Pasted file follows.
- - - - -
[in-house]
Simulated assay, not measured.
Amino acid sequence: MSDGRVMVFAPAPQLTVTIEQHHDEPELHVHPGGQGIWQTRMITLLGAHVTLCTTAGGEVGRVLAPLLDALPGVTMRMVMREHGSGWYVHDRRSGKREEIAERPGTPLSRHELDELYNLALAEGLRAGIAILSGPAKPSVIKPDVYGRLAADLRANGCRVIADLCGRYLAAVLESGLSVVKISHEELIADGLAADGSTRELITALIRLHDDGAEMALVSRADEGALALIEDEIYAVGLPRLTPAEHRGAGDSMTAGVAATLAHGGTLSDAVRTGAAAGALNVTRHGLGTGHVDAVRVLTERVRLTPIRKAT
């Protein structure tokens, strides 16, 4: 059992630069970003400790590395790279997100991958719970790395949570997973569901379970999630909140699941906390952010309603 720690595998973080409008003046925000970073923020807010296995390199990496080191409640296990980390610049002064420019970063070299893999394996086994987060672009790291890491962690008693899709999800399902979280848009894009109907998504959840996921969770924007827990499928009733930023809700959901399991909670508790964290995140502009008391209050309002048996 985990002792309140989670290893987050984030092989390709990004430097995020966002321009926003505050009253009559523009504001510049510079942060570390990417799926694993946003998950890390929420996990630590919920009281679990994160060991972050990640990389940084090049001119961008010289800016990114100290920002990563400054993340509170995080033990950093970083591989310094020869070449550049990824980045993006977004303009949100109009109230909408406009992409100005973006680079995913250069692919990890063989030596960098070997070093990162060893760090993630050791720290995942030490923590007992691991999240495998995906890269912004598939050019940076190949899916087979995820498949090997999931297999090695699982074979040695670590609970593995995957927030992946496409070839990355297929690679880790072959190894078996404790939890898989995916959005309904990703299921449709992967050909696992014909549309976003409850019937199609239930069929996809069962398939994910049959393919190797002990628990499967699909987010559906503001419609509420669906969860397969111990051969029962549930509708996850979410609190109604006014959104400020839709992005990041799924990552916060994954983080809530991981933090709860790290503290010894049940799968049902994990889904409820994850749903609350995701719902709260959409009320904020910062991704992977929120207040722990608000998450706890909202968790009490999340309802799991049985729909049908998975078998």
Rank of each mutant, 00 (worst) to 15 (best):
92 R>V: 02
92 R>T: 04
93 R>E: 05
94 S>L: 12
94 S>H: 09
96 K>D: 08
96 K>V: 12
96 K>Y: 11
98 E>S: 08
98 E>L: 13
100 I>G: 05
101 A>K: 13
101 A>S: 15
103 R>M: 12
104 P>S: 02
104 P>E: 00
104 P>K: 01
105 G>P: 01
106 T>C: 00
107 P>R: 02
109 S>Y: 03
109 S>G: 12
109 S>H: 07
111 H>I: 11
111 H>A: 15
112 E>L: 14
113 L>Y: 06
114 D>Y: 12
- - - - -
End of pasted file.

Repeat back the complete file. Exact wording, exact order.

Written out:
[in-house]
Simulated assay, not measured.
Amino acid sequence: MSDGRVMVFAPAPQLTVTIEQHHDEPELHVHPGGQGIWQTRMITLLGAHVTLCTTAGGEVGRVLAPLLDALPGVTMRMVMREHGSGWYVHDRRSGKREEIAERPGTPLSRHELDELYNLALAEGLRAGIAILSGPAKPSVIKPDVYGRLAADLRANGCRVIADLCGRYLAAVLESGLSVVKISHEELIADGLAADGSTRELITALIRLHDDGAEMALVSRADEGALALIEDEIYAVGLPRLTPAEHRGAGDSMTAGVAATLAHGGTLSDAVRTGAAAGALNVTRHGLGTGHVDAVRVLTERVRLTPIRKAT
């Protein structure tokens, strides 16, 4: 059992630069970003400790590395790279997100991958719970790395949570997973569901379970999630909140699941906390952010309603 720690595998973080409008003046925000970073923020807010296995390199990496080191409640296990980390610049002064420019970063070299893999394996086994987060672009790291890491962690008693899709999800399902979280848009894009109907998504959840996921969770924007827990499928009733930023809700959901399991909670508790964290995140502009008391209050309002048996 985990002792309140989670290893987050984030092989390709990004430097995020966002321009926003505050009253009559523009504001510049510079942060570390990417799926694993946003998950890390929420996990630590919920009281679990994160060991972050990640990389940084090049001119961008010289800016990114100290920002990563400054993340509170995080033990950093970083591989310094020869070449550049990824980045993006977004303009949100109009109230909408406009992409100005973006680079995913250069692919990890063989030596960098070997070093990162060893760090993630050791720290995942030490923590007992691991999240495998995906890269912004598939050019940076190949899916087979995820498949090997999931297999090695699982074979040695670590609970593995995957927030992946496409070839990355297929690679880790072959190894078996404790939890898989995916959005309904990703299921449709992967050909696992014909549309976003409850019937199609239930069929996809069962398939994910049959393919190797002990628990499967699909987010559906503001419609509420669906969860397969111990051969029962549930509708996850979410609190109604006014959104400020839709992005990041799924990552916060994954983080809530991981933090709860790290503290010894049940799968049902994990889904409820994850749903609350995701719902709260959409009320904020910062991704992977929120207040722990608000998450706890909202968790009490999340309802799991049985729909049908998975078998």
Rank of each mutant, 00 (worst) to 15 (best):
92 R>V: 02
92 R>T: 04
93 R>E: 05
94 S>L: 12
94 S>H: 09
96 K>D: 08
96 K>V: 12
96 K>Y: 11
98 E>S: 08
98 E>L: 13
100 I>G: 05
101 A>K: 13
101 A>S: 15
103 R>M: 12
104 P>S: 02
104 P>E: 00
104 P>K: 01
105 G>P: 01
106 T>C: 00
107 P>R: 02
109 S>Y: 03
109 S>G: 12
109 S>H: 07
111 H>I: 11
111 H>A: 15
112 E>L: 14
113 L>Y: 06
114 D>Y: 12